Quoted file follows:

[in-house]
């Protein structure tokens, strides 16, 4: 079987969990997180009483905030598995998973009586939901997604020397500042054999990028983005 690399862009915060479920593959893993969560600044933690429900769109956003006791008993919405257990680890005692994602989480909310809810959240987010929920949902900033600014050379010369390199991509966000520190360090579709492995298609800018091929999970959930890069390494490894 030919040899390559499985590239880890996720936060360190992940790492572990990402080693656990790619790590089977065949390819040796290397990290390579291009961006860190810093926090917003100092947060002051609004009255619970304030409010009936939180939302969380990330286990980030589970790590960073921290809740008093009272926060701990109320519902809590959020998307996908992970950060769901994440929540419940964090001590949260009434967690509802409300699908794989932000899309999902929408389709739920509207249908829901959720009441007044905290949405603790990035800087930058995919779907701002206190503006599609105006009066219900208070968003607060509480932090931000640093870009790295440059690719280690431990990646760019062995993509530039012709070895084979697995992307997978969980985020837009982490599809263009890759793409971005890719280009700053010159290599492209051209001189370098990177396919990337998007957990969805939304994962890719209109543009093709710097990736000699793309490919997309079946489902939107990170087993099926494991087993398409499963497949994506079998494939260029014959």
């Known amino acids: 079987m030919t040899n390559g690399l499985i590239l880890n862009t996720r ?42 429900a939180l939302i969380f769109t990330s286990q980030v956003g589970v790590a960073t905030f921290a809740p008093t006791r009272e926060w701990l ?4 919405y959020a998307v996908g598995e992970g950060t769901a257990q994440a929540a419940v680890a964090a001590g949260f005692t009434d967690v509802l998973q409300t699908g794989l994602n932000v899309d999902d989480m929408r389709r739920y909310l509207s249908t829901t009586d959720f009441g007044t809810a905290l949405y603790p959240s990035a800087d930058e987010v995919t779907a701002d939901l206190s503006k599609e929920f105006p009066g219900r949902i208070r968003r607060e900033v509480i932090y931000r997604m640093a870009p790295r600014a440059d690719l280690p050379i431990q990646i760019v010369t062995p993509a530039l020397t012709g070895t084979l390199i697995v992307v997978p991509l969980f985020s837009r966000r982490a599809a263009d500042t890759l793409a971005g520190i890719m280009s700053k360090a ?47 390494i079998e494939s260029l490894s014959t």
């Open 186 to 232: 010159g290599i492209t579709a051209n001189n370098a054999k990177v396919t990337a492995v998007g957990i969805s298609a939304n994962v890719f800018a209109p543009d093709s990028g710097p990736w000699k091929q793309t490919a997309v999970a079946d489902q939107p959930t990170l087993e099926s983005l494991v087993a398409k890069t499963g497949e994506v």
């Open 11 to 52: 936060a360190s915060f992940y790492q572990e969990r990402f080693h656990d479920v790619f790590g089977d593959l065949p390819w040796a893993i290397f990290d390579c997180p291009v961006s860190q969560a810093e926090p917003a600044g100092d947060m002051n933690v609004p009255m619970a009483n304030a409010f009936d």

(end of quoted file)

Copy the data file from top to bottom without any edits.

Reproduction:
[in-house]
């Protein structure tokens, strides 16, 4: 079987969990997180009483905030598995998973009586939901997604020397500042054999990028983005 690399862009915060479920593959893993969560600044933690429900769109956003006791008993919405257990680890005692994602989480909310809810959240987010929920949902900033600014050379010369390199991509966000520190360090579709492995298609800018091929999970959930890069390494490894 030919040899390559499985590239880890996720936060360190992940790492572990990402080693656990790619790590089977065949390819040796290397990290390579291009961006860190810093926090917003100092947060002051609004009255619970304030409010009936939180939302969380990330286990980030589970790590960073921290809740008093009272926060701990109320519902809590959020998307996908992970950060769901994440929540419940964090001590949260009434967690509802409300699908794989932000899309999902929408389709739920509207249908829901959720009441007044905290949405603790990035800087930058995919779907701002206190503006599609105006009066219900208070968003607060509480932090931000640093870009790295440059690719280690431990990646760019062995993509530039012709070895084979697995992307997978969980985020837009982490599809263009890759793409971005890719280009700053010159290599492209051209001189370098990177396919990337998007957990969805939304994962890719209109543009093709710097990736000699793309490919997309079946489902939107990170087993099926494991087993398409499963497949994506079998494939260029014959």
């Known amino acids: 079987m030919t040899n390559g690399l499985i590239l880890n862009t996720r ?42 429900a939180l939302i969380f769109t990330s286990q980030v956003g589970v790590a960073t905030f921290a809740p008093t006791r009272e926060w701990l ?4 919405y959020a998307v996908g598995e992970g950060t769901a257990q994440a929540a419940v680890a964090a001590g949260f005692t009434d967690v509802l998973q409300t699908g794989l994602n932000v899309d999902d989480m929408r389709r739920y909310l509207s249908t829901t009586d959720f009441g007044t809810a905290l949405y603790p959240s990035a800087d930058e987010v995919t779907a701002d939901l206190s503006k599609e929920f105006p009066g219900r949902i208070r968003r607060e900033v509480i932090y931000r997604m640093a870009p790295r600014a440059d690719l280690p050379i431990q990646i760019v010369t062995p993509a530039l020397t012709g070895t084979l390199i697995v992307v997978p991509l969980f985020s837009r966000r982490a599809a263009d500042t890759l793409a971005g520190i890719m280009s700053k360090a ?47 390494i079998e494939s260029l490894s014959t």
């Open 186 to 232: 010159g290599i492209t579709a051209n001189n370098a054999k990177v396919t990337a492995v998007g957990i969805s298609a939304n994962v890719f800018a209109p543009d093709s990028g710097p990736w000699k091929q793309t490919a997309v999970a079946d489902q939107p959930t990170l087993e099926s983005l494991v087993a398409k890069t499963g497949e994506v």
């Open 11 to 52: 936060a360190s915060f992940y790492q572990e969990r990402f080693h656990d479920v790619f790590g089977d593959l065949p390819w040796a893993i290397f990290d390579c997180p291009v961006s860190q969560a810093e926090p917003a600044g100092d947060m002051n933690v609004p009255m619970a009483n304030a409010f009936d």